عنوان مقاله [English]
Salinity, as one of the world-wide limiting factors, can restrict the crop quality as well as world food products, particularly in arid and semi-arid regions. Yellow sweet clover (Melilotus officinalis L., Fabacea family), an herbaceous plant with both medicinal and domestic utilizes that the most salt-tolerant legumes, can improve the sustainable agriculture in saline soils. In order to minimize the harmful effects of salinity, various strategies including cost-effective and efficient use of the foliar spraying are adopted to increase plant tolerance by mainly alleviating Na and Cl injuries to the plants. Ascorbic acid (AA), a natural water-soluble antioxidant and proline, a beneficial solute amino acid, protects the plants as an anti-oxidative defense molecule during various stresses. Foliar urea application directly affects nitrogen metabolism in saline soils, and consequently amino acids synthesis.
Materials and methods
Two years (2017-2018) field experiment were performed at a research field of Urmia University. For each year, the experiment was arranged in a split-plot design based on a randomized complete block design with three replications. The main factor was soil salinity (0.9 dS/m – as none-saline and 6.7 dS/m – as saline soil), and also the sub factor was foliar application including proline (20 mM, 2.3 g/L), ascorbic acid (5 Mm, 0.9 g/L), urea (46% N, 10 g/L) and control (water spraying). plant biomass (oven-dried at 80 ºC for 48 h) and seed yield (with 15% moisture content) measured from harvested plants from 1 m2 of each experimental plot. The chemical composition of samples was obtained based on the standard procedures (The quantities of Photosynthetic pigments and osmolytes) and forage qualities. Comparison of means were performed by Duncan’s multiple range test (DMRT) at 5% and 1% probability levels by using SAS and MSTAT-C statistical software.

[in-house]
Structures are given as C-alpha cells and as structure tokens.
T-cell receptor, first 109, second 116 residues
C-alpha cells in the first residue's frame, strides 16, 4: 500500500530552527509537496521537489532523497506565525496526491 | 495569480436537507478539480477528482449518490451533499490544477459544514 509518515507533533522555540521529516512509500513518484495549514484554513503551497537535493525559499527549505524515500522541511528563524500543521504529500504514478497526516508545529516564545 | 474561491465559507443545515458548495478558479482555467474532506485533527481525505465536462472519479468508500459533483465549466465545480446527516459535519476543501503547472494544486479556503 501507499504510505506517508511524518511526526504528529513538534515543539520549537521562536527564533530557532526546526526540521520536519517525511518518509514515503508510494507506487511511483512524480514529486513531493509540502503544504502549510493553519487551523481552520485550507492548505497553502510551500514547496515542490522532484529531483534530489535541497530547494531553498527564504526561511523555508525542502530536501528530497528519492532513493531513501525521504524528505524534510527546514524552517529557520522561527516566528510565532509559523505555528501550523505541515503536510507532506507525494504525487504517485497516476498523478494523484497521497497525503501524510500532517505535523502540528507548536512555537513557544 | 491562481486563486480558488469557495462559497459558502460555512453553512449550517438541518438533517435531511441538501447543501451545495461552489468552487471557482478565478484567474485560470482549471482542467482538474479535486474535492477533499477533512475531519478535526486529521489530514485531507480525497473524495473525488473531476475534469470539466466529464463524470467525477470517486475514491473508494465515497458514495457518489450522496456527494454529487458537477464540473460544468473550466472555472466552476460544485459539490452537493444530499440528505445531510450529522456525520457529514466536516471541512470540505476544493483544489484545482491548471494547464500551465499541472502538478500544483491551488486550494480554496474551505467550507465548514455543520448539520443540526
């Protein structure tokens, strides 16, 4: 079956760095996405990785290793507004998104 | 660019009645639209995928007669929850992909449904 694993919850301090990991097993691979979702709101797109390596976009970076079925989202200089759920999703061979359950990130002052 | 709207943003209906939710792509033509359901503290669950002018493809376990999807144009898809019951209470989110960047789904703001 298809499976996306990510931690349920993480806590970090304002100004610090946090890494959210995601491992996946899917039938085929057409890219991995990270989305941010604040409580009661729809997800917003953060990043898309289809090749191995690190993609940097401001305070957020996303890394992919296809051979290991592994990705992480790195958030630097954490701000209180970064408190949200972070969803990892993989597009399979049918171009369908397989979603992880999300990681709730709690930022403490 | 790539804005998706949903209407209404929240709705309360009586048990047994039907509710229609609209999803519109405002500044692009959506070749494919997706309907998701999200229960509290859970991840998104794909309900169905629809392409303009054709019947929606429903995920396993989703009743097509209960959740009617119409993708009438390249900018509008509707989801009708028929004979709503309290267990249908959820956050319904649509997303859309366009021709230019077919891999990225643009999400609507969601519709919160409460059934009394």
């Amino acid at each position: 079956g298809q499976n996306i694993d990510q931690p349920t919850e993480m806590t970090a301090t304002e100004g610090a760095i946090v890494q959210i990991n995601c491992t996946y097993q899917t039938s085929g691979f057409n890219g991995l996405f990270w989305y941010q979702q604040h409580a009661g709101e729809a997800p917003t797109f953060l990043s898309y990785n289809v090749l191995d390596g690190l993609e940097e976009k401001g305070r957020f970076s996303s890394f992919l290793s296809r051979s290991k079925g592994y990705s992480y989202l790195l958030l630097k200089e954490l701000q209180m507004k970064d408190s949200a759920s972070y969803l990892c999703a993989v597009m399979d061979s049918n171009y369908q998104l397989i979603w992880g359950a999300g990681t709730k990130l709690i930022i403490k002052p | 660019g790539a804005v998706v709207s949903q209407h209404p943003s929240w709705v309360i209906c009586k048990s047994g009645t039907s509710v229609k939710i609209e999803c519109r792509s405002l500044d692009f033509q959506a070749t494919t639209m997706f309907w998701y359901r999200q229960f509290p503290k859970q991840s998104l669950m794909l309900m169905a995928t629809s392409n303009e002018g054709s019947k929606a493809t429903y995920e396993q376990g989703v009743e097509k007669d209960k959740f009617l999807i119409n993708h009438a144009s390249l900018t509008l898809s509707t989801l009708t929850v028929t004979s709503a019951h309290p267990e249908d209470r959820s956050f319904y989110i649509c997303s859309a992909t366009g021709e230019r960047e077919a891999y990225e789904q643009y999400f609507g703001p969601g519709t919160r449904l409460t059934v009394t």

Results and Discussion
The analysis of variance showed that the interaction between salinity and foliar application on biomass, grain yield, chlorophyll a, carotenoids, proline, soluble sugars and all the characteristics related to forage quality were significant. Also, the effect of salinity on chlorophyll b and glycine betaine, and the effect of foliar application on chlorophyll b were significant. The salinity increased the amount of acid-soluble fiber, water-soluble fiber and total ash, but the amount of crude protein, digestible dry matter, water-soluble carbohydrates and crude fiber were higher in non-saline condition. In non-saline condition, the use of ascorbic acid increased the amount of crude protein by 6.8% compared to the control, but in saline conditions was observed no significant effect. Under saline condition, foliar application of urea had the greatest effect on acid-soluble fiber and water-soluble fiber, so that in these conditions, urea-sprayed plants had 0.5, 7.86 and 1.69% more acid-soluble fiber than control plants and plants treated with proline and ascorbic acid, respectively. Also in saline conditions, the amount of water-soluble fiber in urea spraying was 0.46%, 3.32% and 6.31% higher than control, proline and ascorbic acid treatments, respectively. Proline improved biological yield and grain yield by reducing the adverse effects of salinity, while foliar application of plants with ascorbic acid did not show an additive effect on yield. Osmotic regulators can act as mechanisms to maintain cellular water potential in plants under salinity stress.
In general, biomass yield and grain yield were lower in saline conditions than in non-saline conditions. In both conditions, urea foliar application had the greatest effect on yellow sweet clover yield and increased its amount compared to control and other treatments. In general, yield reducing under salinity conditions may be due to inhibition of photosynthesis, which causes the plant to absorb fewer nutrients. Our data show that foliar application of urea in saline conditions counteracts the harmful effects of salinity on plant yield. Based on the results, the amount of NDF and ADF increased in saline conditions compared to non-saline conditions. The highest amount of acid-soluble fiber and water-soluble fiber was obtained in salinity conditions and by spraying yellow sweet clover with urea.
The authors of the article thank Mr. Vakili, Crop Physiology Laboratory, Department of Plant Production and Genetics, Urmia University, for his helps in conducting the experiments of this research.
©2023 The author(s). This is an open access article distributed under Creative Commons Attribution 4.0 International License (CC BY 4.0), which permits use, sharing, adaptation, distribution and reproduction in any medium or format, as long as you give appropriate credit to the original author(s) and the source.
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